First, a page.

Wi-Fi is a term for certain types of wireless local area networks (WLAN) that use specifications in the 802.11 family. Products that pass the Wi-Fi Alliance tests for interoperability, security and application-specific protocols are labeled "Wi-Fi CERTIFIED," a registered trademark of the Alliance.
By submitting your personal information, you agree that TechTarget and its partners may contact you regarding relevant content, products and special offers.
Wi-Fi is widely used in businesses, agencies, schools, and homes as an alternative to a wired LAN. Many airports, hotels, and fast-food facilities offer public access to Wi-Fi networks. These locations are known as hot spots. Many charge a daily or hourly rate for access, but some are free. An interconnected area of hot spots and network access points is known as a hot zone.
Unless adequately protected, a Wi-Fi network can be susceptible to access by unauthorized users who use the access as a free Internet connection. The activity of locating and exploiting security-exposed wireless LANs is called war driving. An identifying iconography, called war chalking, has evolved. Any entity that has a wireless LAN should use security safeguards such as the Wired Equivalent Privacy (WEP) encryption standard, the more recent Wi-Fi Protected Access (WPA), Internet Protocol Security (IPsec), or a virtual private network (VPN).
The term Wi-Fi was created the Wi-Fi Alliance as a play on "Hi-Fi," an abbreviation for "high fidelity," which referred to high-quality audio reproduction. Similarly, Wi-Fi is often thought to be short for wireless fidelity. However, according to the Wi-Fi Alliance, "Wi-Fi" is not an abbreviation. The confusion may stem from the fact that the Alliance briefly used "The standard for wireless fidelity" as a slogan for Wi-Fi.
Originally, Wi-Fi certification was applicable only to products using the 802.11b standard. Today, Wi-Fi can apply to products that use any 802.11 standard. The 802.11 specifications are part of an evolving set of wireless network standards known as the 802.11 family. The particular specification under which a Wi-Fi network operates is called the "flavor" of the network.
|802||Overview||Basics of physical and logical networking concepts.|
|802.1||Bridging||LAN/MAN bridging and management. Covers management and the lower sub-layers of OSI Layer 2, including MAC-based bridging (Media Access Control), virtual LANs and port-based access control.|
|802.2||Logical Link||Commonly referred to as the LLC or Logical Link Control specification. The LLC is the top sub-layer in the data-link layer, OSI Layer 2. Interfaces with the network Layer 3.|
|802.3||Ethernet||"Grandaddy" of the 802 specifications. Provides asynchronous networking using "carrier sense, multiple access with collision detect" (CSMA/CD) over coax, twisted-pair copper, and fiber media. Current speeds range from 10 Mbps to 10 Gbps. Click for a list of the "hot" 802.3 technologies.|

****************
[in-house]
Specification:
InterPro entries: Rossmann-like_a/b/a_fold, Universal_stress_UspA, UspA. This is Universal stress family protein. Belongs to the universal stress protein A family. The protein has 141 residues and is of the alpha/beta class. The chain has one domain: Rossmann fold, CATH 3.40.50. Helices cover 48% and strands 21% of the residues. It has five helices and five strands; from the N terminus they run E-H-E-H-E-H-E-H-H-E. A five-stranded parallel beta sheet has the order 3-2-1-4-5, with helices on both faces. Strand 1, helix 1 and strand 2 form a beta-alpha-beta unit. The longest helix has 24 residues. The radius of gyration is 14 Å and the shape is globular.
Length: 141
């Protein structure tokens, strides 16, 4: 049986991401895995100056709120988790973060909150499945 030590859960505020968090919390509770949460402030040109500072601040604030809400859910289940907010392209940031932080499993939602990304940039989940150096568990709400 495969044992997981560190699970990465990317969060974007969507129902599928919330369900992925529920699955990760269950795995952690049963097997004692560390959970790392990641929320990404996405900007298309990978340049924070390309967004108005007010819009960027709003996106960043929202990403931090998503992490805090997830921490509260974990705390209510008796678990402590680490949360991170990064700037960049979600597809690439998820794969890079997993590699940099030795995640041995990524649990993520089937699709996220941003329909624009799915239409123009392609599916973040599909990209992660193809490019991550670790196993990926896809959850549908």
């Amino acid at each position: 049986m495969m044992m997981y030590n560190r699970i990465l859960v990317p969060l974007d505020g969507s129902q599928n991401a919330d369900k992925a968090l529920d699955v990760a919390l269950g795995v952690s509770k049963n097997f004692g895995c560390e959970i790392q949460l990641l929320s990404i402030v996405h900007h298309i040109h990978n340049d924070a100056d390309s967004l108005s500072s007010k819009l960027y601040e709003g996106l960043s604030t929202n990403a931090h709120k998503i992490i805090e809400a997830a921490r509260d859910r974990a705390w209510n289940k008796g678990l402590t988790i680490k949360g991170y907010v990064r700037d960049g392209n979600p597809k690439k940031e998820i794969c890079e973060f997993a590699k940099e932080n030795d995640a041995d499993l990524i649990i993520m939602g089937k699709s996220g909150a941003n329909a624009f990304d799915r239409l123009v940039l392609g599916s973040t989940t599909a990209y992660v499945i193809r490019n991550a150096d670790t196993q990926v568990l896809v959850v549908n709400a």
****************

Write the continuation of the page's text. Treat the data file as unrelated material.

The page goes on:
|802.5||Token Ring||The original token-passing standard for twisted-pair, shielded copper cables. Supports copper and fiber cabling from 4 Mbps to 100 Mbps. Often called "IBM Token-Ring."|
|802.6||Distributed queue dual bus (DQDB)||"Superseded **Revision of 802.1D-1990 edition (ISO/IEC 10038). 802.1D incorporates P802.1p and P802.12e. It also incorporates and supersedes published standards 802.1j and 802.6k. Superseded by 802.1D-2004." (See IEEE status page.)|
|802.7||Broadband LAN Practices||Withdrawn Standard. Withdrawn Date: Feb 07, 2003. No longer endorsed by the IEEE. (See IEEE status page.)|
|802.8||Fiber Optic Practices||Withdrawn PAR. Standards project no longer endorsed by the IEEE. (See IEEE status page.)|
|802.9||Integrated Services LAN||Withdrawn PAR. Standards project no longer endorsed by the IEEE. (See IEEE status page.)|
|802.10||Interoperable LAN security||Superseded **Contains: IEEE Std 802.10b-1992. (See IEEE status page.)|
|802.11||Wi-Fi||Wireless LAN Media Access Control and Physical Layer specification. 802.11a,b,g,etc. are amendments to the original 802.11 standard. Products that implement 802.11 standards must pass tests and are referred to as "Wi-Fi certified."|
|802.12||Demand Priority||Increases Ethernet data rate to 100 Mbps by controlling media utilization.|
|802.13||Not used||Not used|
|802.14||Cable modems||Withdrawn PAR. Standards project no longer endorsed by the IEEE.|
|802.15||Wireless Personal Area Networks||Communications specification that was approved in early 2002 by the IEEE for wireless personal area networks (WPANs).|
|802.15.1||Bluetooth||Short range (10m) wireless technology for cordless mouse, keyboard, and hands-free headset at 2.4 GHz.|
|802.15.3a||UWB||Short range, high-bandwidth "ultra wideband" link|
|802.15.4||ZigBee||Short range wireless sensor networks|
|802.16||Wireless Metropolitan Area Networks||This family of standards covers Fixed and Mobile Broadband Wireless Access methods used to create Wireless Metropolitan Area Networks (WMANs.) Connects Base Stations to the Internet using OFDM in unlicensed (900 MHz, 2.4, 5.8 GHz) or licensed (700 MHz, 2.5 – 3.6 GHz) frequency bands. Products that implement 802.16 standards can undergo WiMAX certification testing.|
|802.17||Resilient Packet Ring||IEEE working group description|
|802.18||Radio Regulatory TAG||IEEE 802.18 standards committee|
|802.19||Coexistence||IEEE 802.19 Coexistence Technical Advisory Group|
|802.20||Mobile Broadband Wireless Access||IEEE 802.20 mission and project scope|
|802.21||Media Independent Handoff||IEEE 802.21 mission and project scope|
|802.22||Wireless Regional Area Network||IEEE 802.22 mission and project scope|